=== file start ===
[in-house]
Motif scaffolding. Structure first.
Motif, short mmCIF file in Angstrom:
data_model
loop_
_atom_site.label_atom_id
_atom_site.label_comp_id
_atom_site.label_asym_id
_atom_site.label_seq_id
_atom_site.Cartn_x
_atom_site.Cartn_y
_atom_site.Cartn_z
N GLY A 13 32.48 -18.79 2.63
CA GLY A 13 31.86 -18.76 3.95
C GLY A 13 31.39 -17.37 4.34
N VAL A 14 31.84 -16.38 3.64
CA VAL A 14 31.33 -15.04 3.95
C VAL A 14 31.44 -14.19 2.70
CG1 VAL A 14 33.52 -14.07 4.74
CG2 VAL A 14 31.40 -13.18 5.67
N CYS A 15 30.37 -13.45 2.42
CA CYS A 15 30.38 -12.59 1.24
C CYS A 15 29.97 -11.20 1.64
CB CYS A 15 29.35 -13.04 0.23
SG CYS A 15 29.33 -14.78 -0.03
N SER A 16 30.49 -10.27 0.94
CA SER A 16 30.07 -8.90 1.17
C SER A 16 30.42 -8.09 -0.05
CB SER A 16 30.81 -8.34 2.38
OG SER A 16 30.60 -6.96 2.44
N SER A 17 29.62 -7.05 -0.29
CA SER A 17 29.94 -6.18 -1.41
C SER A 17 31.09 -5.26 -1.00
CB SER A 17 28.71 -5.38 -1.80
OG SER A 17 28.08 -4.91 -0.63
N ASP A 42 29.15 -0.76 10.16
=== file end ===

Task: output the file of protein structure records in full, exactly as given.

[in-house]
Motif scaffolding. Structure first.
Motif, short mmCIF file in Angstrom:
data_model
loop_
_atom_site.label_atom_id
_atom_site.label_comp_id
_atom_site.label_asym_id
_atom_site.label_seq_id
_atom_site.Cartn_x
_atom_site.Cartn_y
_atom_site.Cartn_z
N GLY A 13 32.48 -18.79 2.63
CA GLY A 13 31.86 -18.76 3.95
C GLY A 13 31.39 -17.37 4.34
N VAL A 14 31.84 -16.38 3.64
CA VAL A 14 31.33 -15.04 3.95
C VAL A 14 31.44 -14.19 2.70
CG1 VAL A 14 33.52 -14.07 4.74
CG2 VAL A 14 31.40 -13.18 5.67
N CYS A 15 30.37 -13.45 2.42
CA CYS A 15 30.38 -12.59 1.24
C CYS A 15 29.97 -11.20 1.64
CB CYS A 15 29.35 -13.04 0.23
SG CYS A 15 29.33 -14.78 -0.03
N SER A 16 30.49 -10.27 0.94
CA SER A 16 30.07 -8.90 1.17
C SER A 16 30.42 -8.09 -0.05
CB SER A 16 30.81 -8.34 2.38
OG SER A 16 30.60 -6.96 2.44
N SER A 17 29.62 -7.05 -0.29
CA SER A 17 29.94 -6.18 -1.41
C SER A 17 31.09 -5.26 -1.00
CB SER A 17 28.71 -5.38 -1.80
OG SER A 17 28.08 -4.91 -0.63
N ASP A 42 29.15 -0.76 10.16